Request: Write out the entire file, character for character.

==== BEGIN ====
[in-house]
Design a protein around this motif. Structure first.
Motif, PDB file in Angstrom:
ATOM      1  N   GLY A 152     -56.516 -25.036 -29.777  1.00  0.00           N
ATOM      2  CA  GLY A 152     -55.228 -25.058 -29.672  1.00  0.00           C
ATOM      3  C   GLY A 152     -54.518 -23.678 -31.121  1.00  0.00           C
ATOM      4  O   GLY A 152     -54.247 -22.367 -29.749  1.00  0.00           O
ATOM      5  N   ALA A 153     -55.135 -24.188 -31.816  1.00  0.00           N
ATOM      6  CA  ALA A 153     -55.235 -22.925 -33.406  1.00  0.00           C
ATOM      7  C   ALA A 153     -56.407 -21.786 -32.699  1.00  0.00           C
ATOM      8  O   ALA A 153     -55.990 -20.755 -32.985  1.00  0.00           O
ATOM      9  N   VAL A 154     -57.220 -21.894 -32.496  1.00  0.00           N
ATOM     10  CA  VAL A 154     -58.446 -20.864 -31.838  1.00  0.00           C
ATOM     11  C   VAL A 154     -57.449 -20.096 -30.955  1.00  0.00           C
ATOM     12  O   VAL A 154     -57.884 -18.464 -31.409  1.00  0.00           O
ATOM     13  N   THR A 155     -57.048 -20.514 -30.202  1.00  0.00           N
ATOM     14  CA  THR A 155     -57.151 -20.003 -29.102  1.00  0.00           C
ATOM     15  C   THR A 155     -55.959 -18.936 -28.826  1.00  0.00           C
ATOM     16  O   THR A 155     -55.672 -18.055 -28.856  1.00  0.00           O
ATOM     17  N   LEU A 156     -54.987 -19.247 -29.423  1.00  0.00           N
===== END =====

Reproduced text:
[in-house]
Design a protein around this motif. Structure first.
Motif, PDB file in Angstrom:
ATOM      1  N   GLY A 152     -56.516 -25.036 -29.777  1.00  0.00           N
ATOM      2  CA  GLY A 152     -55.228 -25.058 -29.672  1.00  0.00           C
ATOM      3  C   GLY A 152     -54.518 -23.678 -31.121  1.00  0.00           C
ATOM      4  O   GLY A 152     -54.247 -22.367 -29.749  1.00  0.00           O
ATOM      5  N   ALA A 153     -55.135 -24.188 -31.816  1.00  0.00           N
ATOM      6  CA  ALA A 153     -55.235 -22.925 -33.406  1.00  0.00           C
ATOM      7  C   ALA A 153     -56.407 -21.786 -32.699  1.00  0.00           C
ATOM      8  O   ALA A 153     -55.990 -20.755 -32.985  1.00  0.00           O
ATOM      9  N   VAL A 154     -57.220 -21.894 -32.496  1.00  0.00           N
ATOM     10  CA  VAL A 154     -58.446 -20.864 -31.838  1.00  0.00           C
ATOM     11  C   VAL A 154     -57.449 -20.096 -30.955  1.00  0.00           C
ATOM     12  O   VAL A 154     -57.884 -18.464 -31.409  1.00  0.00           O
ATOM     13  N   THR A 155     -57.048 -20.514 -30.202  1.00  0.00           N
ATOM     14  CA  THR A 155     -57.151 -20.003 -29.102  1.00  0.00           C
ATOM     15  C   THR A 155     -55.959 -18.936 -28.826  1.00  0.00           C
ATOM     16  O   THR A 155     -55.672 -18.055 -28.856  1.00  0.00           O
ATOM     17  N   LEU A 156     -54.987 -19.247 -29.423  1.00  0.00           N